From an early age I knew I couldn’t rely on my family, so I have always taken friendship more seriously than most. Once I knew who the keepers were I cultivated those relationships and have done my utmost to always be there in their hours of need. I’m not going to lie, it hasn’t been plain sailing. There have been times when distance was needed and periods of not speaking with most of my besties for one reason or another. We always come back to each other though. These eight people are all amazingly remarkable, and each of them have a place in my heart that is so special words alone could not do them justice.

Over the years, I have made hundreds of new ‘friends’. Some were in my life for a while, until the chemistry fizzled out and I made peace quite quickly with the situation, probably always knowing they weren’t going to stick around for long. Others have been people I genuinely considered to be on my page but later discovered they weren’t. These situations always hurt like hell. I’m going through this at the moment with a lady I’ve known for a few years. We were inseparable at one point, and I thought I’d be adding her to my take-to-the-grave list. Something changed between us (no idea what!) and during the course of this year she has become more and more distant. Her priorities have changed. She is moving in circles I’ll never frequent. She’s engrossed in a life she told me she didn’t want. I feel sad for the demise of our friendship but even sadder for her.

I must hold on to the saying that ‘people come into your life for a reason, a season or a lifetime’. I now know which box to put her in, but it still feels a shame that it isn’t the one I thought it would be this time last year.

When I first had my 4yo one of my best friends who’d had her first baby a year before passed on this wisdom: expect one hideous day a week, don’t get upset by it or bogged down by it, just accept it and forget about it the next day. This was good advice and in the first two years was pretty much how our week used to pan out. Mostly good but without fail one, sometimes two, really bad days.

In Sept 2011 our darling firstborn stopped sleeping through and was up every night. Sometimes for 15 mins, sometimes up and down 15 times. Three months into this, heavily pregnant with our second, I was on the edge of my sanity. I was due to start mat leave just before the Xmas, but going in to work on three hours sleep was the final straw and I started it two weeks early. By the time our second daughter came along 4yo had a severe sleep deficit and ramped up the challenging behaviour. I didn’t think it could get worse than the meltdowns we had to endure in the middle of the night when the baby (then three month old) was sleeping all the way through. I was wrong.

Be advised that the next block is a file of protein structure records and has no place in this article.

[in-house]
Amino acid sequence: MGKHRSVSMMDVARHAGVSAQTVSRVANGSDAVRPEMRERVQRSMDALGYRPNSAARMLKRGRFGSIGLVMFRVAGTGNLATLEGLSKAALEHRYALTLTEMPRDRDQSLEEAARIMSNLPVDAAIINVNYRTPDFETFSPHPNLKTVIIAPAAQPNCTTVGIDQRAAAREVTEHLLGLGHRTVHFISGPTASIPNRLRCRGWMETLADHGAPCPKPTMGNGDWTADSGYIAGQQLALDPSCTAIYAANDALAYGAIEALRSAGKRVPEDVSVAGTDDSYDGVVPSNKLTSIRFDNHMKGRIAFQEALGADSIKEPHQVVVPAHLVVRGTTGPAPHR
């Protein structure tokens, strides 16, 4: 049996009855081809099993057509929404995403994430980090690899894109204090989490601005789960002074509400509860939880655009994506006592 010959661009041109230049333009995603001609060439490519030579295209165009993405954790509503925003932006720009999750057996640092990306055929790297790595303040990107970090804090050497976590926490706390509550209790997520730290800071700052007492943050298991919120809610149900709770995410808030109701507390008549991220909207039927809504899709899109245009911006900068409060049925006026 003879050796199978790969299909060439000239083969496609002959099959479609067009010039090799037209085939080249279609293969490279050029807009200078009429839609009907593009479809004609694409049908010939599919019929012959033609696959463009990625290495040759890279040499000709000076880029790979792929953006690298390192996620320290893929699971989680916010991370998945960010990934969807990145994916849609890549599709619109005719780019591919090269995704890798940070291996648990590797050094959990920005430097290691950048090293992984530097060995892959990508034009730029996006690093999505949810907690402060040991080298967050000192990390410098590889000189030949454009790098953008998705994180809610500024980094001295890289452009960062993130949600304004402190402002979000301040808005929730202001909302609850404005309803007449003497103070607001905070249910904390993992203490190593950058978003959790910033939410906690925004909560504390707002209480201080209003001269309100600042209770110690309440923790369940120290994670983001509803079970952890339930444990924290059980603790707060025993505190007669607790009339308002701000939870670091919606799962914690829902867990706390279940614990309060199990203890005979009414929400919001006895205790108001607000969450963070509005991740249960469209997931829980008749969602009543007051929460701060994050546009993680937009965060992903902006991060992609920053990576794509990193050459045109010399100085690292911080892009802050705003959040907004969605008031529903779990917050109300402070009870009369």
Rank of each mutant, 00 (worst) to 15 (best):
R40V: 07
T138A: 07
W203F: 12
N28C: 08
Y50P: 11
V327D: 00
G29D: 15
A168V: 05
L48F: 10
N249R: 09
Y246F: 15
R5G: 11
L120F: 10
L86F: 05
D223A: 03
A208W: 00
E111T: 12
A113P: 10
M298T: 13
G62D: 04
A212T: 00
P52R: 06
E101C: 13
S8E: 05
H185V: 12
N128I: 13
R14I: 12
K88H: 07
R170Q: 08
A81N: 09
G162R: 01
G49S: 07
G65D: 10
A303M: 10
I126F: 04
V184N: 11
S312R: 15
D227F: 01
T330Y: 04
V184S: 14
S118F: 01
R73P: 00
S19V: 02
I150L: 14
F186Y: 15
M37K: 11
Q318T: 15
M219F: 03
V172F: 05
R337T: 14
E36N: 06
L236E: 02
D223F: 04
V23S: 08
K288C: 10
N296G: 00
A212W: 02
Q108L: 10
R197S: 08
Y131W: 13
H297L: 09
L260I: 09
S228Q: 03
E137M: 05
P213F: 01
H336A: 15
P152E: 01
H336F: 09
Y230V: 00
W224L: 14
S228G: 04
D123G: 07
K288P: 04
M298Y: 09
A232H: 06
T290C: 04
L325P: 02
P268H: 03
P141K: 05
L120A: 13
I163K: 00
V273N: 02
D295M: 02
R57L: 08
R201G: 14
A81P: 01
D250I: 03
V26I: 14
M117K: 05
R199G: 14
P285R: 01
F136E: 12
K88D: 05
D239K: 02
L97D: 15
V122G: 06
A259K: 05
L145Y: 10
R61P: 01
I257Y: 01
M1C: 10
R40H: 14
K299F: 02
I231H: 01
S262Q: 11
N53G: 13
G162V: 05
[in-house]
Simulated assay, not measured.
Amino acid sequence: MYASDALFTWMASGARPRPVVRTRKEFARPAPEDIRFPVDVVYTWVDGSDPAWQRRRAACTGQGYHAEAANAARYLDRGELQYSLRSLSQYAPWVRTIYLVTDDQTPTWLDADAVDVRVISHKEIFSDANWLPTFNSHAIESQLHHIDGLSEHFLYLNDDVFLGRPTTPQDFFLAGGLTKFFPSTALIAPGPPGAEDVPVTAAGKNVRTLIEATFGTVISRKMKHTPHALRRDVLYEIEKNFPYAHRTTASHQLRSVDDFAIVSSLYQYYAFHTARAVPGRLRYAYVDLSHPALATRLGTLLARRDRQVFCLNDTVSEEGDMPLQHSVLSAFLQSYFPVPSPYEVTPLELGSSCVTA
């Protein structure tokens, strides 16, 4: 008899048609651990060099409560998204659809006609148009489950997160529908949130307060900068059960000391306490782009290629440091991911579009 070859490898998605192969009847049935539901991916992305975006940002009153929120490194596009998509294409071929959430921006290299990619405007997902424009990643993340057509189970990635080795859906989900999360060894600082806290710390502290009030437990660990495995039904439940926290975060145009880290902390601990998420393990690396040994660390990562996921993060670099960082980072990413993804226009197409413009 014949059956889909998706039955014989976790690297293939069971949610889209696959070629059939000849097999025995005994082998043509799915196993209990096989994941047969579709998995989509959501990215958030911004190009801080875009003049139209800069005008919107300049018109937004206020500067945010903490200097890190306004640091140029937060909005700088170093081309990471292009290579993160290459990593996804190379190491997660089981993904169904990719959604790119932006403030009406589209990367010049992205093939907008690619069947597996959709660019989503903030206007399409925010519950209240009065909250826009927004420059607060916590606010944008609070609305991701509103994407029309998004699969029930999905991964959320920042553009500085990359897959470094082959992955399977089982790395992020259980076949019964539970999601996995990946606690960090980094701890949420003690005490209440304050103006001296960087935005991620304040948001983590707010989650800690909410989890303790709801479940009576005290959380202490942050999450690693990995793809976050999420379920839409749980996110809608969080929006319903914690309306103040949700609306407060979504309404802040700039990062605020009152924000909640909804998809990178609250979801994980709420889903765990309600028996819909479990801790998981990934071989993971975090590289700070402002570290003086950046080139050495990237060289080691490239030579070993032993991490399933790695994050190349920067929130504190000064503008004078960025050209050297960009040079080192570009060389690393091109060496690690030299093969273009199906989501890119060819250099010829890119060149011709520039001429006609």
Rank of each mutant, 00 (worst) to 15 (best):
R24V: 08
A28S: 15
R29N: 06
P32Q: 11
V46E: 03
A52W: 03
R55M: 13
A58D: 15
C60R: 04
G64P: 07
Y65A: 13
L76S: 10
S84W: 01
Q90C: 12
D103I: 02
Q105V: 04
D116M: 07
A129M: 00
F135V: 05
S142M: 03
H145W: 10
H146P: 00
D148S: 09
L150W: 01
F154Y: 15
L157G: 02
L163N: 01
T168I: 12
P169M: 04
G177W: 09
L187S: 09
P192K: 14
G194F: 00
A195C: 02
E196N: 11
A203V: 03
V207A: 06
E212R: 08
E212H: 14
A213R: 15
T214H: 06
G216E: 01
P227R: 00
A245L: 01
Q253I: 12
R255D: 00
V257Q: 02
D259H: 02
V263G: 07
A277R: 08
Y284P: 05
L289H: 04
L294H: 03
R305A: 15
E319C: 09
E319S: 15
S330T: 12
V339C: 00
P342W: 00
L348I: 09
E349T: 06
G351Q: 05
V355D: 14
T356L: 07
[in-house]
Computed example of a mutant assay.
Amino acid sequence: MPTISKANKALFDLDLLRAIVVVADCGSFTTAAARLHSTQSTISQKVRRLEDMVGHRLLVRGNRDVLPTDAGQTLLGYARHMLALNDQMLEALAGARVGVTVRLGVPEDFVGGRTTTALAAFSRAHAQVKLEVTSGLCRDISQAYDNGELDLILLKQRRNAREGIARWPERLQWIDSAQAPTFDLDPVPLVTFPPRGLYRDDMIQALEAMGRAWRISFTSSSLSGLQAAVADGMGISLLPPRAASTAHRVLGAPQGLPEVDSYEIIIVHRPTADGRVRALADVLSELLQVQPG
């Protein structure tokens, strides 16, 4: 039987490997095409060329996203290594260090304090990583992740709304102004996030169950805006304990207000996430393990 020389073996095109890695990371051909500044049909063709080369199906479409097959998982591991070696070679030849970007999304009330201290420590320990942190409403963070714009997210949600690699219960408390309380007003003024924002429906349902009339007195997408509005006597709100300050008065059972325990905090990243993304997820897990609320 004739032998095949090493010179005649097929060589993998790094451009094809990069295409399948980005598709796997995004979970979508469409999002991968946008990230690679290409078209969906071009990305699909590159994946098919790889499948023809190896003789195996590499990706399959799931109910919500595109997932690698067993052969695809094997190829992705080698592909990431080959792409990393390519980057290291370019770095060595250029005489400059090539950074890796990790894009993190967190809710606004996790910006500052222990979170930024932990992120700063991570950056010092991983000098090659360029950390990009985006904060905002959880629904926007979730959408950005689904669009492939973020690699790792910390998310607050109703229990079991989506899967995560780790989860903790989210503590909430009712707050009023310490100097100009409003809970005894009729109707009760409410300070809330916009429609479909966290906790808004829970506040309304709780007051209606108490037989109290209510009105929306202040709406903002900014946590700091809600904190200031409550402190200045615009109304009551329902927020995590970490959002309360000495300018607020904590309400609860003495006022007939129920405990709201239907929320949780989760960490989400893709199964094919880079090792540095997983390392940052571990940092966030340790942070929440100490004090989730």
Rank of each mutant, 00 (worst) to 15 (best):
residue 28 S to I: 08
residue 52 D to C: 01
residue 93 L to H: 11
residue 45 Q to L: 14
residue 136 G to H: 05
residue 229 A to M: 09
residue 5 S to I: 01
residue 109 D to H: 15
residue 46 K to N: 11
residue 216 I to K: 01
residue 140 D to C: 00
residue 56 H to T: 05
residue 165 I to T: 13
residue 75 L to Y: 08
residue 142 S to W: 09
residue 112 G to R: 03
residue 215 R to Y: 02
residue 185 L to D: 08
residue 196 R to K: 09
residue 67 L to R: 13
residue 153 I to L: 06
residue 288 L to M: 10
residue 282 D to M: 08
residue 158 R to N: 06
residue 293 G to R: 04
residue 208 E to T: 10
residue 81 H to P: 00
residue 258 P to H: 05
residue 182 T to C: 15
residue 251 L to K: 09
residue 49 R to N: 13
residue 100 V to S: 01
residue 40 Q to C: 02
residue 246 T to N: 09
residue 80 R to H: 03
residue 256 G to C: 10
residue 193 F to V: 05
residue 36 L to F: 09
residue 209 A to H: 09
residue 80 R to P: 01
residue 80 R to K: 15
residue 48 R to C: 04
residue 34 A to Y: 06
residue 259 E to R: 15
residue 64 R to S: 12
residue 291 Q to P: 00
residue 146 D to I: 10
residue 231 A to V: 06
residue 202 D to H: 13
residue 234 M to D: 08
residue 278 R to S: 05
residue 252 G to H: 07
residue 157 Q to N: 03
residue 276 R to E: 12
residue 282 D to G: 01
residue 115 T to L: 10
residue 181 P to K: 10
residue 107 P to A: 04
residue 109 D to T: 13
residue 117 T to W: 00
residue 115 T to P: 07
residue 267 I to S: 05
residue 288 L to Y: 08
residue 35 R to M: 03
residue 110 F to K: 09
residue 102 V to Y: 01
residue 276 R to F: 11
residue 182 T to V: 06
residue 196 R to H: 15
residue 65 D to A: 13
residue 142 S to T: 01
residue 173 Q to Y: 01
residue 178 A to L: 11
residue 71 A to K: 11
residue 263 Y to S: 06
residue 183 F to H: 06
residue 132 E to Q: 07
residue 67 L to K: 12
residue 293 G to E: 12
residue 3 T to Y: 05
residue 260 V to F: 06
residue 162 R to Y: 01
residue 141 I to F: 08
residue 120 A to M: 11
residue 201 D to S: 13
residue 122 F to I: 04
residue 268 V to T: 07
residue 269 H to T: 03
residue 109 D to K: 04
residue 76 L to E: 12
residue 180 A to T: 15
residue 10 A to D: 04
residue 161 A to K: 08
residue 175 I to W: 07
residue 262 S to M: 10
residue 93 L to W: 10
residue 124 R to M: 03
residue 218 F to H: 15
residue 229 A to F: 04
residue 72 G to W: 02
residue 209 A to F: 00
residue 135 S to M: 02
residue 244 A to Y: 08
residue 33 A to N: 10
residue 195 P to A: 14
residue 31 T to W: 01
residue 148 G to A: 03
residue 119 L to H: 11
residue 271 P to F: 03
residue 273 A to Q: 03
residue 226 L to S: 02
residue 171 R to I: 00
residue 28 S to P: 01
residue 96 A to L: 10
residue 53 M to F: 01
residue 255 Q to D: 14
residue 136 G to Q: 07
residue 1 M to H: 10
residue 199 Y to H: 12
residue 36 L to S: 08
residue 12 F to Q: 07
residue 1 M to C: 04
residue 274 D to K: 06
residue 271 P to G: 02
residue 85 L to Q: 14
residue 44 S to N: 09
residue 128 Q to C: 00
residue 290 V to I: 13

We’re only just seeing light at the end of the tunnel. This is getting on for two years into what most people said would be a short lived phase. I am positive that we’ve made glaringly obvious mistakes, and am sure I’d do some things differently if I had the chance to, but coulda shoulda woulda and all that. At the end of April we learned (through the book How to solve your child’s sleep problems) that letting children fall asleep while you’re in their room reading, etc, will more than likely be the cause of a sleep problem. Hubby and I just assumed that’s what everyone did. Within a few weeks of changing the bedtime routine she had learned to settle herself to sleep, and that’s when we started noticing an improvement. Unfortunately bed wetting then became an issue so we reluctantly put her back into pull ups overnight. Now she is sleeping through most nights but waking early (between 5-5:30). It’s not ideal, but when you’re as sleep deprived as we’ve been this feels like the holy grail.

There is still work to be done – she has big jealousy issues towards her sister. They sometimes play so lovely together my heart actually melts watching them. Other days 4yo can’t go five minutes without having a dig. I have no idea how she’s going to react to the new baby, hopefully by February this will all be a thing of the past.

We had a rotten day on Monday, the crescendo being a half an hour tantrum then passing out for two hours (but still going to bed before 7pm). I was worried, it felt like the progress we’d been making was taking a nose dive. Then I remembered my friends advice: expect one hideous day. Fortunately the rest of our week has been on the up. It would be nice to think we can get to a place where one crappy day is as bad as it gets.